Divide by Zero

By Pauline van Mourik Broekman, 2 October 2008

An Interview with Games Developer Andy Blazdell

You make games with central characters that seem defiantly anti-heroic; is this to make them more realistic, or to increase levels of empathy for a wider variety of people/players?

We tend to take a more mature attitude to storytelling in games than most other developers. You have to make the main character interesting, not just a faceless figure upon which the player must superimpose their own personality. The mistake that everybody makes when writing interactive narrative is that the player wants to be his/herself in the given situation. This is not the case. Games are a form of escapism, and in a make-believe world no-one would want to be themselves.

But we take this one step further by giving the player's character unique traits that the player cannot necessarily control - the player can tell the character what to do, but has no idea how the character will do it. The overall effect is that the player acts as a "friend" to the character, advising and caring for them. And let's face it, the most interesting friends are those who aren't perfect.

It helps make the characters more believable if we give them quirks and foibles, but it would be wrong to say that we are trying to connect with a wider range of people - it doesn't work that way. If we featured a main character who was in a wheelchair, we would be doing it because we wanted to explore that subject, not to attract wheelchair-bound customers.

Games with narrative are like films. You have to approach the writing in the same way, and try to connect with the player on a number of levels. There's the playing of the game itself, but there's also the wonder of discovering locations, plots and characters you've never seen before, and for that you have to treat the experience like a film.

In the Residents' "Freak Show", the player has to handle one of the characters, "Hermen", in specific ways to get any information out of him, or about him (otherwise he hides or runs away).

Do you think games can elicit this curiosity in people to find out more about characters of different kinds who they otherwise might not enquire into, also characters who definitely DO NOT conform to the standard mould: 25 years old, the male, athletic, blue-eyed uberhero?

If people are playing computer games they are doing it because they are curious, they want to explore. If you put something into a game the player will almost definitely try out whatever they can with it, that's why they're playing the game. If they weren't curious, they'd be watching a video or other passive entertainment.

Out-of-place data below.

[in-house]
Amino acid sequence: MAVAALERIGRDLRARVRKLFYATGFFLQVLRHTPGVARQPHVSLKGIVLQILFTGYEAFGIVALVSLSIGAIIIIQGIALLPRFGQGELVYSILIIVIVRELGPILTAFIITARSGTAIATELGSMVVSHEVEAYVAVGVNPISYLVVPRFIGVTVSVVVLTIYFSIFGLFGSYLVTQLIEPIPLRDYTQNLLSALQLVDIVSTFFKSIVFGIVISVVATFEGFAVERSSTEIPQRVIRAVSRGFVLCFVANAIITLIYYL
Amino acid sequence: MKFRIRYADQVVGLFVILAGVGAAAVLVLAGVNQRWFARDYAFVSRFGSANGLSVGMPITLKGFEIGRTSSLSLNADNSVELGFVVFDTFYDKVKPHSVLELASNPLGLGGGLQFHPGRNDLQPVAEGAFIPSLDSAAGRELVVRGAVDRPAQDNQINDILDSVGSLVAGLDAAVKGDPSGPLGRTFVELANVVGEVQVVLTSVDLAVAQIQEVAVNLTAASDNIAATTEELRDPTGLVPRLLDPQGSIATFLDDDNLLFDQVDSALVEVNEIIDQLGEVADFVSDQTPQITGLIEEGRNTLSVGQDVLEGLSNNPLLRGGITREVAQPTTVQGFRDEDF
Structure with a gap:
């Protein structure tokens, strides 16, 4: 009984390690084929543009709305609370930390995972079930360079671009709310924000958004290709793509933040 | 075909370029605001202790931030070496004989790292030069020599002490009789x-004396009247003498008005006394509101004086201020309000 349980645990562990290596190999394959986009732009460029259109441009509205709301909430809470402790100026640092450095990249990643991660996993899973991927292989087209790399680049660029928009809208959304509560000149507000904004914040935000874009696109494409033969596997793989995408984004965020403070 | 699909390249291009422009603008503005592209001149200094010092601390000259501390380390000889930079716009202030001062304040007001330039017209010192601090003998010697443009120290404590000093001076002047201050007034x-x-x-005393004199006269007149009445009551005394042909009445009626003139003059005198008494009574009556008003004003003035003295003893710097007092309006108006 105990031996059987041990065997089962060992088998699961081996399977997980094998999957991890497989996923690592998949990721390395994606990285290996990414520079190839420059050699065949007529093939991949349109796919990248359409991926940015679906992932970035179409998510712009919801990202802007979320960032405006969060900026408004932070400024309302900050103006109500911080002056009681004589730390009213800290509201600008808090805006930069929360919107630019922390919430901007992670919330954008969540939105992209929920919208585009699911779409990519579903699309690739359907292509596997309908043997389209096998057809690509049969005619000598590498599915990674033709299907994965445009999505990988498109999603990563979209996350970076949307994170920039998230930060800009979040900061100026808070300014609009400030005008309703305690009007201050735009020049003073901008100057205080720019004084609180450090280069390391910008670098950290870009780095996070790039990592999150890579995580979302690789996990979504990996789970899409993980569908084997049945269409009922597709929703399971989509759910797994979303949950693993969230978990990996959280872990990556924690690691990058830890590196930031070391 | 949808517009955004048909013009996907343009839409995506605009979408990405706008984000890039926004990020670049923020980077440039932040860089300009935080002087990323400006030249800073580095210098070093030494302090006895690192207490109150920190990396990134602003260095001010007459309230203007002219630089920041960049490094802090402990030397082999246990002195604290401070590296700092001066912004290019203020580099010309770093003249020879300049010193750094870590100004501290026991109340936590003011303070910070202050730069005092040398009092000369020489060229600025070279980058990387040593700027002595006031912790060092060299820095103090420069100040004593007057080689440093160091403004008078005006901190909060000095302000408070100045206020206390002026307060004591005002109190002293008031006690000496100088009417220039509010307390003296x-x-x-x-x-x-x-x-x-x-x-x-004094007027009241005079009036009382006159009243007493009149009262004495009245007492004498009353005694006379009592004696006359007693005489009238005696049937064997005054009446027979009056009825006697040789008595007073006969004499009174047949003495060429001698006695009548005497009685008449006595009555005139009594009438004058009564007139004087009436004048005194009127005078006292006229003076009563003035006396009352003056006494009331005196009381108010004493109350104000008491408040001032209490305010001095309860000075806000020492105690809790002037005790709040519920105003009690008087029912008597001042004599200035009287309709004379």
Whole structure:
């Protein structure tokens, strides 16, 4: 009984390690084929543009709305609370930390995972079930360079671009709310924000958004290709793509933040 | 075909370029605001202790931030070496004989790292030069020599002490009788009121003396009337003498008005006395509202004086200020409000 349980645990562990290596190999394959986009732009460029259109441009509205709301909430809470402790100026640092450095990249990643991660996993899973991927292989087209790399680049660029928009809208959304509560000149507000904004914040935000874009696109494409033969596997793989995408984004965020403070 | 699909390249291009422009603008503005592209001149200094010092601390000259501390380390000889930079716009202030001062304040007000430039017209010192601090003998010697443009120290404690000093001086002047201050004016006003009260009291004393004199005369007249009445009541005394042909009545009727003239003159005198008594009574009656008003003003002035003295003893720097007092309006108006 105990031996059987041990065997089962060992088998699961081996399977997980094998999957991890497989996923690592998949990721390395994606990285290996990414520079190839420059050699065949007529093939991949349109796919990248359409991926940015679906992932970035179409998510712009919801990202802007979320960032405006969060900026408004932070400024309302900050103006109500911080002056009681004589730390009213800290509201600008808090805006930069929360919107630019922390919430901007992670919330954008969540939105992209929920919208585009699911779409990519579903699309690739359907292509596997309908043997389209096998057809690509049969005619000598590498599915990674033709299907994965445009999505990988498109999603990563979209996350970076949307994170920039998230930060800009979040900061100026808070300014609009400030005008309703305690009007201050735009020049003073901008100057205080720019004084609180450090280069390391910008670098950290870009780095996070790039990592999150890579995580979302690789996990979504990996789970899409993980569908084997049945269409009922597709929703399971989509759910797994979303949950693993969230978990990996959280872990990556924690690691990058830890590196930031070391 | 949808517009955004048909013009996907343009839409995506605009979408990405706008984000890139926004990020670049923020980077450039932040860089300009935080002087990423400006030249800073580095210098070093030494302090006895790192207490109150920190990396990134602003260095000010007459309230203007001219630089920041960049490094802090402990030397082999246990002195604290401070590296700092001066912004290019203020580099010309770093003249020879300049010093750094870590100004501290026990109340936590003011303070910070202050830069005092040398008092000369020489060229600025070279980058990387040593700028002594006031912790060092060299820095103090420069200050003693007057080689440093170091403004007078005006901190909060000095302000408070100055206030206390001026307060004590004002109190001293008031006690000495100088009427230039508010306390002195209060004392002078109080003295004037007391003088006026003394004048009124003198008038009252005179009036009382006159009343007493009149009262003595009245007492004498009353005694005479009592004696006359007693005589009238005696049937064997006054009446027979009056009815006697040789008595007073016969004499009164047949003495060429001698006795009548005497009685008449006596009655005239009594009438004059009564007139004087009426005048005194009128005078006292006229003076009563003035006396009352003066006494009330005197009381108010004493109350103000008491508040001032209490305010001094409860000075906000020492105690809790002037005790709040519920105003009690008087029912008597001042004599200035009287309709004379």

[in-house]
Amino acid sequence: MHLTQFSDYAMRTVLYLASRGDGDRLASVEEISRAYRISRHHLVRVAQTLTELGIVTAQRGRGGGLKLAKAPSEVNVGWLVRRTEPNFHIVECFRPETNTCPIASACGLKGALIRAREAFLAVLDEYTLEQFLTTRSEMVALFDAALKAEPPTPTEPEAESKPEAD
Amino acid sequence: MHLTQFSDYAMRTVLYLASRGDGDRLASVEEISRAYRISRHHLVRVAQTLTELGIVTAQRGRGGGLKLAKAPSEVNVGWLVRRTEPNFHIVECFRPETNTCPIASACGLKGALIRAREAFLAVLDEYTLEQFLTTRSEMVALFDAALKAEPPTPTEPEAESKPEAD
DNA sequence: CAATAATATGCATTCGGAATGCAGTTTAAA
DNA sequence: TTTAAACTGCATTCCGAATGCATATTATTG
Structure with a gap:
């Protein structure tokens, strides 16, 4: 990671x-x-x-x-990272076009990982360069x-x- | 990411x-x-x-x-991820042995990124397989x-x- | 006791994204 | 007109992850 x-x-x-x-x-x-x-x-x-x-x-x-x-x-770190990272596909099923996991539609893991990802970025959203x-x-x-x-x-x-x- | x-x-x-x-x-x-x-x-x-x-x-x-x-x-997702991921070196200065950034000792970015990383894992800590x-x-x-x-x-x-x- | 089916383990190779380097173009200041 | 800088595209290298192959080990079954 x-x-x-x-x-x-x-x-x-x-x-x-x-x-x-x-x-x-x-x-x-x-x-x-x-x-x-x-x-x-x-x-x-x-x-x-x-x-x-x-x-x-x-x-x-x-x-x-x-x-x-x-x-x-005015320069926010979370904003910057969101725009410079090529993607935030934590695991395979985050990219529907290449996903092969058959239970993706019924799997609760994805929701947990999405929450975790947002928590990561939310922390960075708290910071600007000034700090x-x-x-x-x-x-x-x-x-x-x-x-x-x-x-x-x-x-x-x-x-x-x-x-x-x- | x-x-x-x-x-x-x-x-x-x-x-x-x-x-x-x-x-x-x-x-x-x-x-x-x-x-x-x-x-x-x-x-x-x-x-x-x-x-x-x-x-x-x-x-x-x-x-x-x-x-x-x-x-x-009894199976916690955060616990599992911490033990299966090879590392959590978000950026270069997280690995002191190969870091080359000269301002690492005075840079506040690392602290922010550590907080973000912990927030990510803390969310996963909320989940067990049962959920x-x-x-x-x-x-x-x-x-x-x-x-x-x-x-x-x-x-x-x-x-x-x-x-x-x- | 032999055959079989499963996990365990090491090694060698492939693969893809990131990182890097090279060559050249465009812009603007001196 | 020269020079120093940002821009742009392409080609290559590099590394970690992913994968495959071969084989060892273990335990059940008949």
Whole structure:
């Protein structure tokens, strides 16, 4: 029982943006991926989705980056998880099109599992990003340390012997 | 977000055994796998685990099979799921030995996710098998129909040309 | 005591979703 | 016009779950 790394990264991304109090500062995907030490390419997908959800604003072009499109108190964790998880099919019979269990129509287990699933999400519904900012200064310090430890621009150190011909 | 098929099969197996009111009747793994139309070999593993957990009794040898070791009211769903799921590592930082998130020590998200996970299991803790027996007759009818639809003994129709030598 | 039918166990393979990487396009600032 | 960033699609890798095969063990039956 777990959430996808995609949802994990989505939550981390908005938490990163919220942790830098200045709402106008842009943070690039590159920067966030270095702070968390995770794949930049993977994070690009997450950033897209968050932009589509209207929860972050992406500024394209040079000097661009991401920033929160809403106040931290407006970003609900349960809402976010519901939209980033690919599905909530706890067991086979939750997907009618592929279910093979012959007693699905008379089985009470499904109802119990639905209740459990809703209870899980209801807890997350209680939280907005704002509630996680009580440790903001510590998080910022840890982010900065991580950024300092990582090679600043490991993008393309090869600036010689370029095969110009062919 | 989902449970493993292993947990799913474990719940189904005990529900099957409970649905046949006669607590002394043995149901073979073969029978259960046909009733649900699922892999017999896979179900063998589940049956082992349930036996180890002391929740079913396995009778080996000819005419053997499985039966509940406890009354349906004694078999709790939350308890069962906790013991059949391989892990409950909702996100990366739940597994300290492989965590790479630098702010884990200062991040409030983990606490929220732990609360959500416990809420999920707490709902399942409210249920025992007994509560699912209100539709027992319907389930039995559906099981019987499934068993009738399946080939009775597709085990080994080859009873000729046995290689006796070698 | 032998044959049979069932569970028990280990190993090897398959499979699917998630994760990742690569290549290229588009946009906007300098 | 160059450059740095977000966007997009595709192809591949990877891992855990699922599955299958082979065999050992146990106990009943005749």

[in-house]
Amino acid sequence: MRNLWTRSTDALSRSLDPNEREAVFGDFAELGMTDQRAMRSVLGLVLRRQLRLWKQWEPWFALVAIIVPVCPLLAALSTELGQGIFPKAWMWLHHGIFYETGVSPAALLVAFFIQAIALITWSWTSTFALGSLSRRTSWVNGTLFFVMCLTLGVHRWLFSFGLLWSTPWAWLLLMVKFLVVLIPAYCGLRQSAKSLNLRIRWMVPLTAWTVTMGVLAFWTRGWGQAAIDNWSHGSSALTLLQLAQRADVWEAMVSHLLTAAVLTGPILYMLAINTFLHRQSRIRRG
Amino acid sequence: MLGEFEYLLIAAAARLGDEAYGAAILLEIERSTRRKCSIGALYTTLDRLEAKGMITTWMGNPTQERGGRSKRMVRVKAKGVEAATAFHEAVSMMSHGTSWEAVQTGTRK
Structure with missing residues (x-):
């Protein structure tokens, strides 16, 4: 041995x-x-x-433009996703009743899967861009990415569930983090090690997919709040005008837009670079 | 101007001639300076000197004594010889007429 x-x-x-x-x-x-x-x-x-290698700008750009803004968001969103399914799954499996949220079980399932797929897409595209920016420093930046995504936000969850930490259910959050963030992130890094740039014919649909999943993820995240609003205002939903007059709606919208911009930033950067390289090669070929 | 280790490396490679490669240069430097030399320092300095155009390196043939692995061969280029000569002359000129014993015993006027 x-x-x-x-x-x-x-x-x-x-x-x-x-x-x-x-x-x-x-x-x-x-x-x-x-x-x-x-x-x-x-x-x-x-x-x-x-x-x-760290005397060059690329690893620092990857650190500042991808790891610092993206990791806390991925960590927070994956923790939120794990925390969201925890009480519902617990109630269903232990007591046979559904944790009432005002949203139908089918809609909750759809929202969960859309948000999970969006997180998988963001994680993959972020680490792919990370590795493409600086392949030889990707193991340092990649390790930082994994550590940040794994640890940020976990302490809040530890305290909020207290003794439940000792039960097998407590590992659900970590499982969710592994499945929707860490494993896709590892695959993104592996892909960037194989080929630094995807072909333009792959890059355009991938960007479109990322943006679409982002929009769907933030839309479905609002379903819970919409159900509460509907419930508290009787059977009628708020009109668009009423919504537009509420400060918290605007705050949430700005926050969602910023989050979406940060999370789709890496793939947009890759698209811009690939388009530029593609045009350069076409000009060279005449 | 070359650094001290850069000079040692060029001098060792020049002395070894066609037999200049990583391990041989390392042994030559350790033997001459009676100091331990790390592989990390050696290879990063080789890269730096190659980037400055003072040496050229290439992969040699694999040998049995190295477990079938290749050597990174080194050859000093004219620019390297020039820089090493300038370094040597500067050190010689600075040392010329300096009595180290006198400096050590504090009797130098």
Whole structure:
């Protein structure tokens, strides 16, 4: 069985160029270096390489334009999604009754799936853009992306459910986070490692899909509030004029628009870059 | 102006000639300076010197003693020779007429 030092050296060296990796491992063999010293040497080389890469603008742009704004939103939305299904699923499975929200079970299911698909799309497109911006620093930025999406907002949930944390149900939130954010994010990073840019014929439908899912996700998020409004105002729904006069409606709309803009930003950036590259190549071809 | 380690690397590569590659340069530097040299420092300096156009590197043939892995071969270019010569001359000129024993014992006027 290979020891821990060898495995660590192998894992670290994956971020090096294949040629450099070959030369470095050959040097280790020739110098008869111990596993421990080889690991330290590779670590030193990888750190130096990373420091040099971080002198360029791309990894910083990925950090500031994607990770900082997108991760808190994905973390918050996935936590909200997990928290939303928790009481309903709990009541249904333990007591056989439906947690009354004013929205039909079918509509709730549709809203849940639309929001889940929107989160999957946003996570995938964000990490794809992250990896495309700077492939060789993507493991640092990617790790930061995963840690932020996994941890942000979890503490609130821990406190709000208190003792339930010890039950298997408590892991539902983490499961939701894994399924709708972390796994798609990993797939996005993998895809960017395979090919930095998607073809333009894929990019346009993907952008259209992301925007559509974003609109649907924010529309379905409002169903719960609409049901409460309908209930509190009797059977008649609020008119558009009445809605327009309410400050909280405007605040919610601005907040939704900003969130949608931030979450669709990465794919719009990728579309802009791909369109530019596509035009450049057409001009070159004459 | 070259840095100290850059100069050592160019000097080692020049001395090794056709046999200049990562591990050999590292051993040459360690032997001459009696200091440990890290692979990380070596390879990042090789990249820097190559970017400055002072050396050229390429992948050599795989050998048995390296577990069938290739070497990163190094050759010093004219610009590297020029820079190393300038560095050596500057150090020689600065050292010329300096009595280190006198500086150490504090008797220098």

Divide By Zero

How do you think the areas of games, cinema and Virtual Reality are going to change over the next few years? Much has been said about the gigantic size of the games industry in comparison to the film industry as proof of a yearning for interactivity, participation and control. How do your games and their narratives function as compared to cinema or other more linear narratives?

Games will get prettier and play worse until the big companies get their act together and follow the lead of independent companies like us. The problem is that developing games looks easy to the film moguls, and they think that pouring money into Multimedia products that use film industry technology will make better games. It doesn't, it makes eye candy that's still not as good as video quality visuals. When they realise how much money they are wasting they'll come to the people who know how to write playable games, and then the industries will merge seam­lessly, producing beautiful, playable games that mean something.

Cinema will continue exactly the way it has been for the past few years, the gormless successes carrying the loss-making quality films.

Virtual Reality will be banned in its current form (those headsets with the two LCD screens cello-taped to your eyes) by the USA for health reasons (they give you headaches and make you cross-eyed), and will be forgotten about until someone can make it work (without projecting an image directly on the retina, because nobody in their right mind would point a laser beam into their eye for fun). I don't see the size of the games industry as proof of a yearning for interactivity. Most people are lazy - compare the number of people who watch sport on TV to the number who regularly play it. Total interactivity in story narratives is a bad idea. Scriptwriters are there because they know how to make a good story. If you let the general public have a go at rewriting the ending they are unlikely to get as good a result. The masses want to think they're in control -that's why they vote at elections, but wouldn't want to go into politics. Interactivity is not a new concept - the power of reasoned choice is what makes us sentient beings. There is place for games alongside film and books. It won't replace or be replaced by anything else. It's here to stay.